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While most hail it the future of web development, the concept has received its fair amount of skepticism. Regardless of your stand point on the subject, responsive web design is making tidal waves in the web development world. But before you jump into the sea of fluid grids and media queries, or pay someone to do it for you, let’s help you get a decent understanding of the concept first.
What is responsive web design and what is it about?
Responsive web design is a front-end development approach aimed at crafting device agnostic sites. What this means is that it provides easy reading and navigation with a minimum of resizing, panning, and scrolling, across a wide range of devices. Basically it eliminates the need for separate sites for different devices, an approach generally accepted in years before.
It’s about automatically delivering the content your audience wants, on the device they have, regardless of screen size. It’s about moving with the times and accommodating the industry as it evolves and moves forward.
Do I need a responsive site?
Consumer behavior is changing. For the first time PC sales are predicted to be lower than the year before and tablets and smartphones are becoming extremely popular for business and pleasure alike. These devices have different screen sizes which is a nightmare for web developers and designers. What this means is that all of a sudden people are viewing your content on thousands of oddly shaped and different sized screens. Responsive web design is the web development industry’s answer to these problems.
This is all great to know and makes for great conversation with your tech buddies, but how do you know if you need to take the plunge? The best way to answer this is to do some research. Use the Google Analytics Mobile Overview report feature on your site to identify the percentage of your audience that use mobile devices. If mobile users are more than 5% of your total audience you should seriously consider catering for them.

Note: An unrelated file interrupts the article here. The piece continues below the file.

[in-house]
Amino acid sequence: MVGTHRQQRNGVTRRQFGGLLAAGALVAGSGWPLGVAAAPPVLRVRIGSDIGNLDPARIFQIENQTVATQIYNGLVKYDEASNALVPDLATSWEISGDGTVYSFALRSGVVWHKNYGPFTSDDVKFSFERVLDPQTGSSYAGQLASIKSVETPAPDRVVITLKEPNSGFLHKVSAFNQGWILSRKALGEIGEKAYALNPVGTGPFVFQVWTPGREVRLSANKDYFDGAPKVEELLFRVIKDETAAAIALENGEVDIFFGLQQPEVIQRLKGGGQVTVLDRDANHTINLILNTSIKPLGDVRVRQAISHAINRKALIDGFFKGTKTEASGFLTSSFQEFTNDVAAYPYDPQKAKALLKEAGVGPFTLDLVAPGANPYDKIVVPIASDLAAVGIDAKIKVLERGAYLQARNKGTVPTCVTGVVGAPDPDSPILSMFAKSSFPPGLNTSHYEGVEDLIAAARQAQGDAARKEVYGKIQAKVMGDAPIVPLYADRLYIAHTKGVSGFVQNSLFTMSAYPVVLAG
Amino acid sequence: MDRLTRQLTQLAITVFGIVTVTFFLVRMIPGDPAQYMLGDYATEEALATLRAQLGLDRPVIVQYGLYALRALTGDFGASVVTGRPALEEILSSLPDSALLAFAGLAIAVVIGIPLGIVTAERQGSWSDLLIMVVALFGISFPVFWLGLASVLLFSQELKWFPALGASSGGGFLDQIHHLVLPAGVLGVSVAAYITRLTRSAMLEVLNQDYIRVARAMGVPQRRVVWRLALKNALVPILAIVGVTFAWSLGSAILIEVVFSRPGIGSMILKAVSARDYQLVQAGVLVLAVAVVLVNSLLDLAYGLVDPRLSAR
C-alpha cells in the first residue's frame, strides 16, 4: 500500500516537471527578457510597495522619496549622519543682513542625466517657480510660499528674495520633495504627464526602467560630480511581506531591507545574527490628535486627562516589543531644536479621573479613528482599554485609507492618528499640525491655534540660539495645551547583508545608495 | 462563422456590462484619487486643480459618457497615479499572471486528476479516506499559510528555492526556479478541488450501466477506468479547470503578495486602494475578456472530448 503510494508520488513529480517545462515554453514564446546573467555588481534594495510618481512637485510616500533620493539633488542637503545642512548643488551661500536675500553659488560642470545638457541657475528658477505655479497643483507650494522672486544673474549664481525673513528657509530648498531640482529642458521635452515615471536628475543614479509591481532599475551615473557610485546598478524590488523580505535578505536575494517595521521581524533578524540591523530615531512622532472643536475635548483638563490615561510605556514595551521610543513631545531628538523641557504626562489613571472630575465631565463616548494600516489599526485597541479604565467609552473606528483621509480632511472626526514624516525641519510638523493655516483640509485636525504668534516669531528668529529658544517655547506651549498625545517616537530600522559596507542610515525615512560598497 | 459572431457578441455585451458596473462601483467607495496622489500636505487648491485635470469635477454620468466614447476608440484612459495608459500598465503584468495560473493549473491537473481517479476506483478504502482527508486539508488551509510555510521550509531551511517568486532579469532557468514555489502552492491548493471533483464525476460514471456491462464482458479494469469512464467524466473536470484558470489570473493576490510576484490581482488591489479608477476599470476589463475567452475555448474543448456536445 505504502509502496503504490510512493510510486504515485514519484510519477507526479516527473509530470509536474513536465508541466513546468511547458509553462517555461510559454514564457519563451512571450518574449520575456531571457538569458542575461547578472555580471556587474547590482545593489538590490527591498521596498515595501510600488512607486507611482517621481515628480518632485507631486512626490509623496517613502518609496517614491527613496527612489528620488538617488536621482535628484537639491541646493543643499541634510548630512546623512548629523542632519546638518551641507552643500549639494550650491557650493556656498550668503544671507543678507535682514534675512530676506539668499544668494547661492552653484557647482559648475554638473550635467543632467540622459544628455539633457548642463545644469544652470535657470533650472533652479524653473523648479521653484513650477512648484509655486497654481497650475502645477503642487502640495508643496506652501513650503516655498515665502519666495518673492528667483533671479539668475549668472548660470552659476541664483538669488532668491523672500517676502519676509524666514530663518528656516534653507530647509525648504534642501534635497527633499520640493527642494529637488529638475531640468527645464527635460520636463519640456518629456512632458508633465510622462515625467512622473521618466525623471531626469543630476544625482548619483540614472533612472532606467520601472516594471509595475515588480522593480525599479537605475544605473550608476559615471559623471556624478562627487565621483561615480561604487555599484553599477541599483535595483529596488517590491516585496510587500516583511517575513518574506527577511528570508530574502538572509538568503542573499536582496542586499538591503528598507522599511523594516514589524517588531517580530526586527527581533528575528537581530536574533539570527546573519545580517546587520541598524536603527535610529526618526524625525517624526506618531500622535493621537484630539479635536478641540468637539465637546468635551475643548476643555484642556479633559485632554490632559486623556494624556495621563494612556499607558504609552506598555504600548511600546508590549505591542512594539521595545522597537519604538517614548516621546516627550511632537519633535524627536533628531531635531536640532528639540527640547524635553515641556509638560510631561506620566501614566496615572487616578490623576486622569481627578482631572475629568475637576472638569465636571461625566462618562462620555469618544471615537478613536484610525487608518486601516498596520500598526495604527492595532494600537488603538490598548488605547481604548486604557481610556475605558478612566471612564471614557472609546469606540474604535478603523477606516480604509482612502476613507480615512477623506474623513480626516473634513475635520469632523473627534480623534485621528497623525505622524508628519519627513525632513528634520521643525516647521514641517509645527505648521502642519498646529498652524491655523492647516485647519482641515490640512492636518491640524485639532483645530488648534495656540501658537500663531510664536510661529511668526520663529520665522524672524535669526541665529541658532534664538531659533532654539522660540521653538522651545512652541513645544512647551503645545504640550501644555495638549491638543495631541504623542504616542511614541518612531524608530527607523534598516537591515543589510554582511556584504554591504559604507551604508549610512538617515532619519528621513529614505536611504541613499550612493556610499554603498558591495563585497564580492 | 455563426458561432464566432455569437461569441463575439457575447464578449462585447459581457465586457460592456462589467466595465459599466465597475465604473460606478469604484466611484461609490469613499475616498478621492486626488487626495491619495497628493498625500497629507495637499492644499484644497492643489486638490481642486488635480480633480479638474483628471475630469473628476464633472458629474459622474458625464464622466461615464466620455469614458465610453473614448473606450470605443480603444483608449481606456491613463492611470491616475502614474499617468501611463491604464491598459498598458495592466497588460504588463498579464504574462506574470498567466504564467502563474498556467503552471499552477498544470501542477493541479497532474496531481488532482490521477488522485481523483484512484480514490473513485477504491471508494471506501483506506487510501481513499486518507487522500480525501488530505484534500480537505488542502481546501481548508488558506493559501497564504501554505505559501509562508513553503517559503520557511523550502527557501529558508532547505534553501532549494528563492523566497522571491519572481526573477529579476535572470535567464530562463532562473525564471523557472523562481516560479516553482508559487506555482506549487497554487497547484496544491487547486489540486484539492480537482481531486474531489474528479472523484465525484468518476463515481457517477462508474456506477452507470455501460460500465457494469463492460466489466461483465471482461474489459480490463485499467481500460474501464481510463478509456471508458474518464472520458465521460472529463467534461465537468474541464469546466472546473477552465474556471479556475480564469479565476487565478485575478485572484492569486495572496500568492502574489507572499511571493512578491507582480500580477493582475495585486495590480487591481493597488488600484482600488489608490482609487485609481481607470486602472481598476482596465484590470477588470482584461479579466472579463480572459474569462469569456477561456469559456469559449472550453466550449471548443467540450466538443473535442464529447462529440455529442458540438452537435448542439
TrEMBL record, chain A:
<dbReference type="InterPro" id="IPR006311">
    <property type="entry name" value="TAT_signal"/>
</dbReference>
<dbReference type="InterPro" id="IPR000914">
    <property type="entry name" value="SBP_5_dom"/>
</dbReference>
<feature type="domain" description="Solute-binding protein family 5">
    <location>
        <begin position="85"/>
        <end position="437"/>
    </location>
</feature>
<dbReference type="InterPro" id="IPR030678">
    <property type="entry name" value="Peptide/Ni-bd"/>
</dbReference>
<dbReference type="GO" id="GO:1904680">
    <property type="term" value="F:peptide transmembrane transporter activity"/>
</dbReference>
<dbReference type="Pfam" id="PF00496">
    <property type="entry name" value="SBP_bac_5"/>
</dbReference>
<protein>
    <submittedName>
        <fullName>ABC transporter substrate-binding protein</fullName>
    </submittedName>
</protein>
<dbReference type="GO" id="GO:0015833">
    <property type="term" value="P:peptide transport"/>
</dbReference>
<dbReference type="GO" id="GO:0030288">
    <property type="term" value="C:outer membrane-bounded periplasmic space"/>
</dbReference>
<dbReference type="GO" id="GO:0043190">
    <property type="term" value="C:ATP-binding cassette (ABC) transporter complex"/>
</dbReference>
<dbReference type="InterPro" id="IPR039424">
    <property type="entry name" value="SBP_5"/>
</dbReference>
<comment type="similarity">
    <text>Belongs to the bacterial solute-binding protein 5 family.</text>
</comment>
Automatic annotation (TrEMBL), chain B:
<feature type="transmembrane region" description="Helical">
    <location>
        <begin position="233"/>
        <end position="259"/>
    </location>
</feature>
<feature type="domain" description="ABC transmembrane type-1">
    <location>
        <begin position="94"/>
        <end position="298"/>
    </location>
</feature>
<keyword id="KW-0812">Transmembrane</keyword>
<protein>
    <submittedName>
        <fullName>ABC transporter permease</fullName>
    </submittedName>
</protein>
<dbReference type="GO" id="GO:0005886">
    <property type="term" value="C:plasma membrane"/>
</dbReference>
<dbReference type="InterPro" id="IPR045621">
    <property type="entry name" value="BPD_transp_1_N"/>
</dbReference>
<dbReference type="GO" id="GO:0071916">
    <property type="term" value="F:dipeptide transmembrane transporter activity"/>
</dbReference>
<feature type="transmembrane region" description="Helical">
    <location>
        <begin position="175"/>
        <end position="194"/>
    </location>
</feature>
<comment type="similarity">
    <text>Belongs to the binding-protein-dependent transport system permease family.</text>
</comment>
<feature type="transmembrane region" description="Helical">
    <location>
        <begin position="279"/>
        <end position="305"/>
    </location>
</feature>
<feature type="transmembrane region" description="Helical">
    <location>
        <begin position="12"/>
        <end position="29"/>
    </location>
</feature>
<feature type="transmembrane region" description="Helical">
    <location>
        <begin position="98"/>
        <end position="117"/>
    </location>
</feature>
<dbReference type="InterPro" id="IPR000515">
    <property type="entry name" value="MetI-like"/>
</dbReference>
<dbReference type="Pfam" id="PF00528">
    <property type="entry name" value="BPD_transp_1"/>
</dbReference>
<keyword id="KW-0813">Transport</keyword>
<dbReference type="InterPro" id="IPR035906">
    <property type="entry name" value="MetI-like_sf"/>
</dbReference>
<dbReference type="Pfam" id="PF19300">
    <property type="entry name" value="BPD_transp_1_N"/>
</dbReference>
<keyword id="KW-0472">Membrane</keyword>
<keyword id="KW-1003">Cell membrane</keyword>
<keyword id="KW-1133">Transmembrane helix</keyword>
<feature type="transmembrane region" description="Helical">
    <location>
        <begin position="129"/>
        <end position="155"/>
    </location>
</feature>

One thing to remember, the industry is sprinting away from desktops and conventional screen sizes. Rather acknowledge and accommodate the shift as it is happening, instead of playing catch up later on and missing out on exposure and conversions along the way.
The challenges faced:
Responsive web design is in its infancy and just like you did, it is experiencing some teething problems before it reaches maturity.
The benefits are pretty obvious, one site for all platforms and devices. This is great for maintenance as one update affects all of your platforms. It also has positive SEO implications for usability, non-duplicate content (you don’t have the same content on your main site and on your mobile site) and cross-platform link building (a link to your standard site is a link to your mobile site).
When should you use it?
While the benefits of responsive web design are clear for all to see, there are cases where the traditional blend of separate mobile and desktop site is the better option. To ensure that you get what is best for your brand, commission the services of a web developer or agency that has your best interests at heart, rather than an eye on your wallet.